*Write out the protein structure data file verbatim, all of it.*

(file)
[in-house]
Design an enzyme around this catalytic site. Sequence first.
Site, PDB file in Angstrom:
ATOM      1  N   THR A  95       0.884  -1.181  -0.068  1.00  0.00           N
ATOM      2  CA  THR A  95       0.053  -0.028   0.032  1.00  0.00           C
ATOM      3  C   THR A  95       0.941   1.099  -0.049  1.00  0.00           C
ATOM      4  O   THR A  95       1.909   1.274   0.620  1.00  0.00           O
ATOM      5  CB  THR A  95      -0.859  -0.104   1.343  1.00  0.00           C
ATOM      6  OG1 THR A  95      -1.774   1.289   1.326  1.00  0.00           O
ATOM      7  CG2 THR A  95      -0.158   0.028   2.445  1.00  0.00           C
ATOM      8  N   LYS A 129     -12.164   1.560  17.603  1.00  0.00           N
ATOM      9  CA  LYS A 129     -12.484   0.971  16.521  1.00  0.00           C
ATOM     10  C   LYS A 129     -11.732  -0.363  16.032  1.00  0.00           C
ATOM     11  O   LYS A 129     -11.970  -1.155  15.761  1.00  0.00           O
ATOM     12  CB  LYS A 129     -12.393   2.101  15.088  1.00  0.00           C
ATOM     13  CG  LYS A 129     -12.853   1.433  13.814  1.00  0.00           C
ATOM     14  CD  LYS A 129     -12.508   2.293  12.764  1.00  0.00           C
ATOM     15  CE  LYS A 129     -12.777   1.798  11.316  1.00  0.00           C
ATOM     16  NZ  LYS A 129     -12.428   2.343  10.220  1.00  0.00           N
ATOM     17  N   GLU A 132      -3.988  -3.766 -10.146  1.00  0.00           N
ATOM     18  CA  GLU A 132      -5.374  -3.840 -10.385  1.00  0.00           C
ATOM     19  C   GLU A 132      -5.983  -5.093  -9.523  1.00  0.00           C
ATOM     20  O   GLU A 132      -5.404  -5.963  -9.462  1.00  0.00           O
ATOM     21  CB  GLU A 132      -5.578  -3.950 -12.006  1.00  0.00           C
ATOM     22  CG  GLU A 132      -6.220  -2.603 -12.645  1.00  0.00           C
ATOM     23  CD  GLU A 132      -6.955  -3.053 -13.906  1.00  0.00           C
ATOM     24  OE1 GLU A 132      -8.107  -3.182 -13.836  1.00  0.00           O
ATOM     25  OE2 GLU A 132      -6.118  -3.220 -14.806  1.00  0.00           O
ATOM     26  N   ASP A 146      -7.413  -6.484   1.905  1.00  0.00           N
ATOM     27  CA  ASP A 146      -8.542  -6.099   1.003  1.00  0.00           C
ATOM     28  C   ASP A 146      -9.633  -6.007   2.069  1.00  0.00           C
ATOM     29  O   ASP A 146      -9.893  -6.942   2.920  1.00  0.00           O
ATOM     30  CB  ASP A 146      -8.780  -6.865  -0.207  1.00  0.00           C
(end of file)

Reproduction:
[in-house]
Design an enzyme around this catalytic site. Sequence first.
Site, PDB file in Angstrom:
ATOM      1  N   THR A  95       0.884  -1.181  -0.068  1.00  0.00           N
ATOM      2  CA  THR A  95       0.053  -0.028   0.032  1.00  0.00           C
ATOM      3  C   THR A  95       0.941   1.099  -0.049  1.00  0.00           C
ATOM      4  O   THR A  95       1.909   1.274   0.620  1.00  0.00           O
ATOM      5  CB  THR A  95      -0.859  -0.104   1.343  1.00  0.00           C
ATOM      6  OG1 THR A  95      -1.774   1.289   1.326  1.00  0.00           O
ATOM      7  CG2 THR A  95      -0.158   0.028   2.445  1.00  0.00           C
ATOM      8  N   LYS A 129     -12.164   1.560  17.603  1.00  0.00           N
ATOM      9  CA  LYS A 129     -12.484   0.971  16.521  1.00  0.00           C
ATOM     10  C   LYS A 129     -11.732  -0.363  16.032  1.00  0.00           C
ATOM     11  O   LYS A 129     -11.970  -1.155  15.761  1.00  0.00           O
ATOM     12  CB  LYS A 129     -12.393   2.101  15.088  1.00  0.00           C
ATOM     13  CG  LYS A 129     -12.853   1.433  13.814  1.00  0.00           C
ATOM     14  CD  LYS A 129     -12.508   2.293  12.764  1.00  0.00           C
ATOM     15  CE  LYS A 129     -12.777   1.798  11.316  1.00  0.00           C
ATOM     16  NZ  LYS A 129     -12.428   2.343  10.220  1.00  0.00           N
ATOM     17  N   GLU A 132      -3.988  -3.766 -10.146  1.00  0.00           N
ATOM     18  CA  GLU A 132      -5.374  -3.840 -10.385  1.00  0.00           C
ATOM     19  C   GLU A 132      -5.983  -5.093  -9.523  1.00  0.00           C
ATOM     20  O   GLU A 132      -5.404  -5.963  -9.462  1.00  0.00           O
ATOM     21  CB  GLU A 132      -5.578  -3.950 -12.006  1.00  0.00           C
ATOM     22  CG  GLU A 132      -6.220  -2.603 -12.645  1.00  0.00           C
ATOM     23  CD  GLU A 132      -6.955  -3.053 -13.906  1.00  0.00           C
ATOM     24  OE1 GLU A 132      -8.107  -3.182 -13.836  1.00  0.00           O
ATOM     25  OE2 GLU A 132      -6.118  -3.220 -14.806  1.00  0.00           O
ATOM     26  N   ASP A 146      -7.413  -6.484   1.905  1.00  0.00           N
ATOM     27  CA  ASP A 146      -8.542  -6.099   1.003  1.00  0.00           C
ATOM     28  C   ASP A 146      -9.633  -6.007   2.069  1.00  0.00           C
ATOM     29  O   ASP A 146      -9.893  -6.942   2.920  1.00  0.00           O
ATOM     30  CB  ASP A 146      -8.780  -6.865  -0.207  1.00  0.00           C